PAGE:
Q&A with a tire engineer: Answering your questions

By Staff Writer
Jan 30, 2022 | Sponsored Content, R-comp, Maxxis Tires, 200tw | Posted in Tires & Wheels , Features | Never miss an article

Photography Courtesy Maxxis Tires

Sponsored Content Presented by Maxxis Tires.

No matter the make or model, track or series, all of our cars have one thing in common: They run on tires. They're the single, critical link between the car and the ground.

And with those tires come questions. Lots of questions.

Fortunately, we know someone with answers.

John Wu, an engineer by training and now director of product strategy for Maxxis USA, has been working in the tire industry since 2005. He’s been a track day participant for more than 20 years, and he understands the role that tires play in our world.

One of our past Q&A sessions with John generated follow-up queries, so this time we've turned the mic to our forum audience.

DirtyBird222: How much does shaving track tires help performance and heat management?

Maxxis: We’ll need to conduct more testing to provide a scientific answer, but in general, shaving tread rubber off the tire improves performance due to lighter weight (unsprung/rotational mass), reduced tread squirm (better handling and steering responses), and reduced heat generation (as a result of less tread squirm).


Patientzero: How similar are the actual compounds between the street and R-comp tires? On a street tire, is the better wet grip 100% due to the tread design or do differences in the compound help, too?

Maxxis: Although the types of chemicals we use in a UTQG 200 street tire and an R-compound may not be too different, the ratios are optimized for different usage conditions.

In some cases, the tread rubber used can also be different depending on the balance we’re trying to achieve between characteristics such as tread wear and dry and wet traction.

In the case of our RC-1, we know it won’t see much street use, so wet traction and tread wear are a lower priority. In the case of our VR-1, we know it still needs to function as a summer street tire, so we do take wet traction/tread wear into consideration when optimizing the compound.

Tread pattern design, profile design and tread compound all contribute to better wet traction. Tread pattern design also plays a major role in hydroplaning resistance, but performance on damp/wet surfaces is more complex. Profile design affects the footprint shape (how much and what part of the tire touches the ground at specific pressures), and compound design affects the friction force between the interface of tread and road surface; different rubbers, chemicals and fillers such as silica are used to enhance wet traction.


KentF: What would be the coldest storage temperature you would want to allow for the 200tw and the R-comp tires?

Maxxis: This depends on the compound design, so we can’t speak for other tire manufacturers.

When designing the R2 and S2 compounds, we knew the tires would be exposed to temperatures as high as 270-plus degrees Fahrenheit on a race track, so therefore it is difficult to engineer a compound that can handle both summer as well as winter temperatures.

Our engineers recommend storing our RC-1 and VR-1 indoors in the winter to make sure the ambient temperatures do not fall too close to the temperature at which the compound will freeze (aka glass transition temperature, Tg). Otherwise, the tire can show cold-weather cracking that looks like glass cracks. A more complete write up is on our website.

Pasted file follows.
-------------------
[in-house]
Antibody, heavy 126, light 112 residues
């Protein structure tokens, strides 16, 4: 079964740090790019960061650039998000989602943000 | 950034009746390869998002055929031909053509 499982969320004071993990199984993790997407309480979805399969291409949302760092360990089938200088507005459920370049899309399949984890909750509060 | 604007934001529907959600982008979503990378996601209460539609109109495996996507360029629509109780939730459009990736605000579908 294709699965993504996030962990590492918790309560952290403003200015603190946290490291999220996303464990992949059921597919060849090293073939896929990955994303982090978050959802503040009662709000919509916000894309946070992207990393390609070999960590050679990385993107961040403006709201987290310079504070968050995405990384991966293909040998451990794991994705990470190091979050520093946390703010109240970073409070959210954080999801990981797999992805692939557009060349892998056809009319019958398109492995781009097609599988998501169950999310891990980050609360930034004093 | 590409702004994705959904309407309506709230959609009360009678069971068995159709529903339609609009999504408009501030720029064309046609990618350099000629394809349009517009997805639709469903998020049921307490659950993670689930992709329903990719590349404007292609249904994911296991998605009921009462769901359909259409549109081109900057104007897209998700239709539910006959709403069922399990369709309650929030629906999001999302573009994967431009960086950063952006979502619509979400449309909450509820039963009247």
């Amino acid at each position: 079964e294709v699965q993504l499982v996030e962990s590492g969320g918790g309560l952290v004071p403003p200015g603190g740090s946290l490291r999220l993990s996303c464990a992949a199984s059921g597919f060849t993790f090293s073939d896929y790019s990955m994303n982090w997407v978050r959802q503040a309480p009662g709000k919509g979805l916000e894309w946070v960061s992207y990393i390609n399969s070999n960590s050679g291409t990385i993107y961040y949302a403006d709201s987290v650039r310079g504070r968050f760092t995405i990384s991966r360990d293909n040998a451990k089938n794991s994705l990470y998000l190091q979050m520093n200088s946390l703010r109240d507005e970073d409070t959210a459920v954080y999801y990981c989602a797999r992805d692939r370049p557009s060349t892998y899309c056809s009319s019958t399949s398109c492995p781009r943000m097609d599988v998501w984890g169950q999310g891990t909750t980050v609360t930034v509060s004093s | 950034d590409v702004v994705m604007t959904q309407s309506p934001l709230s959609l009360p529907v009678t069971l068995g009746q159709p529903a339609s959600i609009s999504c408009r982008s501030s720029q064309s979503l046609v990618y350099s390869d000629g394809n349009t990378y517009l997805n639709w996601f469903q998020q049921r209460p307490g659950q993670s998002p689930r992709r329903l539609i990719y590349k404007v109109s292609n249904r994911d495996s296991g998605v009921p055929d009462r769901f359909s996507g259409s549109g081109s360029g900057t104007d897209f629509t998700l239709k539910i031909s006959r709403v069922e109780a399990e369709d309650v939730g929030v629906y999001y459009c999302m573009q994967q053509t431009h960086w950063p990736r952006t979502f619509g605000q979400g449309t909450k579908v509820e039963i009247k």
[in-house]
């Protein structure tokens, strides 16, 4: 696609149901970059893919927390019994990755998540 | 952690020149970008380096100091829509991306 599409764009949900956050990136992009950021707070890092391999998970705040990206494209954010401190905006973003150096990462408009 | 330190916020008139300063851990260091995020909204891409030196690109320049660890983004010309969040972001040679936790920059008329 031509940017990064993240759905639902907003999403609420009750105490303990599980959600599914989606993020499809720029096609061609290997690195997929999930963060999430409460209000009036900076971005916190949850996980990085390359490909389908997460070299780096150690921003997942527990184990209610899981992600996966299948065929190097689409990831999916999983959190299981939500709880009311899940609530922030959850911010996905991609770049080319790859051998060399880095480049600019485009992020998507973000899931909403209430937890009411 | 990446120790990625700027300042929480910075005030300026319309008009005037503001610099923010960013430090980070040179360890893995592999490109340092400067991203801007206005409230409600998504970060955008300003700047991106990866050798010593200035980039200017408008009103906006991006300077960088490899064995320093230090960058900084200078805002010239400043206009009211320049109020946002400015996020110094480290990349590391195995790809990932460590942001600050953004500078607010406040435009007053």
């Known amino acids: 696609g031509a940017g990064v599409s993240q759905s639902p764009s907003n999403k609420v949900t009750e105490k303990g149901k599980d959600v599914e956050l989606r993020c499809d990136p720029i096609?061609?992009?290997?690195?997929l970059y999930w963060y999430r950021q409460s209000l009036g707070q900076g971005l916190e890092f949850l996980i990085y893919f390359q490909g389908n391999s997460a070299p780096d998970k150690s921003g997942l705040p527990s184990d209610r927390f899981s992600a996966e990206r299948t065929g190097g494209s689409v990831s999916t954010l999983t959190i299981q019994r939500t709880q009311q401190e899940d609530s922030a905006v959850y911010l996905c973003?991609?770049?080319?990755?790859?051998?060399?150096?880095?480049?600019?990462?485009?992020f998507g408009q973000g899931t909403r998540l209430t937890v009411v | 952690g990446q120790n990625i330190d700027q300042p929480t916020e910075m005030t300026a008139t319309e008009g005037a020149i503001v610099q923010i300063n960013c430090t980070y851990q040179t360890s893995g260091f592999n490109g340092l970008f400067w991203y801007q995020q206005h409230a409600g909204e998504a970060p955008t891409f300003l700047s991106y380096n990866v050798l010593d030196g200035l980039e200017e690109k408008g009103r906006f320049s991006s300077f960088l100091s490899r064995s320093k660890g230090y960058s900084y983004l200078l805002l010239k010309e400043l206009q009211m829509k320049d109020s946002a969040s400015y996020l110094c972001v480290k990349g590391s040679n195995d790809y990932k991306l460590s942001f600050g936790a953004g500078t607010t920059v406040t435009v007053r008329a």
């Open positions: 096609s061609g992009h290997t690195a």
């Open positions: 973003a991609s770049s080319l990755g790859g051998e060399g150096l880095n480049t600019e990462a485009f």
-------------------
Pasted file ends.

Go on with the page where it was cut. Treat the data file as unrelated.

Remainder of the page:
Vigo: I’m curious about the distribution of how tires shed heat. As in, how much heat goes into the rim, how much goes across the contact patch, how much goes to outside air, etc.? This is just pure curiosity. 

Maxxis: We’d have to conduct a specific experiment to give you a percentage, but in a race setting, heat is mainly generated within the tire cavity (high-stress deformation of rubber compounds) and by the tread surface rubbing against the pavement.

Only a small portion of the internal heat travels from the tread to the sidewall/bead and onto the rim, because rubber is a poor heat conductor. This is the reason that internal tire temperatures and pressures build up so quickly on track, while the tread surface heat is mostly dispersed by the air flowing around the tire.


thashane: What is the definition of a heat cycle? For example, if I drive to the autocross in the morning but don't run until the afternoon, how many 200tw “heat cycles” took place that day? One, two, five? Also, if I spray water on tires between runs, will I heat cycle my tires out sooner?

Maxxis: There is really no clear definition of a heat cycle, so it varies from company to company. In general, we view it as a tire going from ambient temp to usage temp and back down to ambient temp.

We would have to conduct a series of experiments to see how much spraying water reduces the heat cycle effect on the tread compound, so unfortunately I can’t give you a scientific answer. A faster cooldown from track temps should help reduce the heat cycle effect somewhat, but there are so many variables to consider that it may not help significantly.

What we do know is that street driving does count as a gentle heat cycle, so unfortunately it still chips away at the tire’s performance. If you want peak performance every time, we highly recommend that you carry the tires in plastic bags and that you do not expose the tires to UV rays or excessive heat.

carpeforza: Up here in the North, we have track days and races early in the season with track temps right around freezing. Even worse, we have sessions only 15 minutes long and sometimes it is raining or snowing. What type of tire would give you the fastest lap times for cold, wet, short race sessions?

Maxxis: We would recommend talking to other manufacturers to see if they have a race tire that can work in the very low temperatures you describe. Maxxis currently doesn’t have anything that would give you race pace under those conditions.

My best guess is probably some sort of ultra-high-performance all-season tire, but you will have to exercise restraint and caution since these types of tires are usually not optimized for track driving.


Olemiss540: Was NT01 the target for your RC-1 offering? Where do you see success in dethroning the ultimate HPDE tire and where do you see room left to improve? What causes a tire to better handle braking zones, and why does one tire prefer to have higher angles of slip versus another in the same treadwear segment?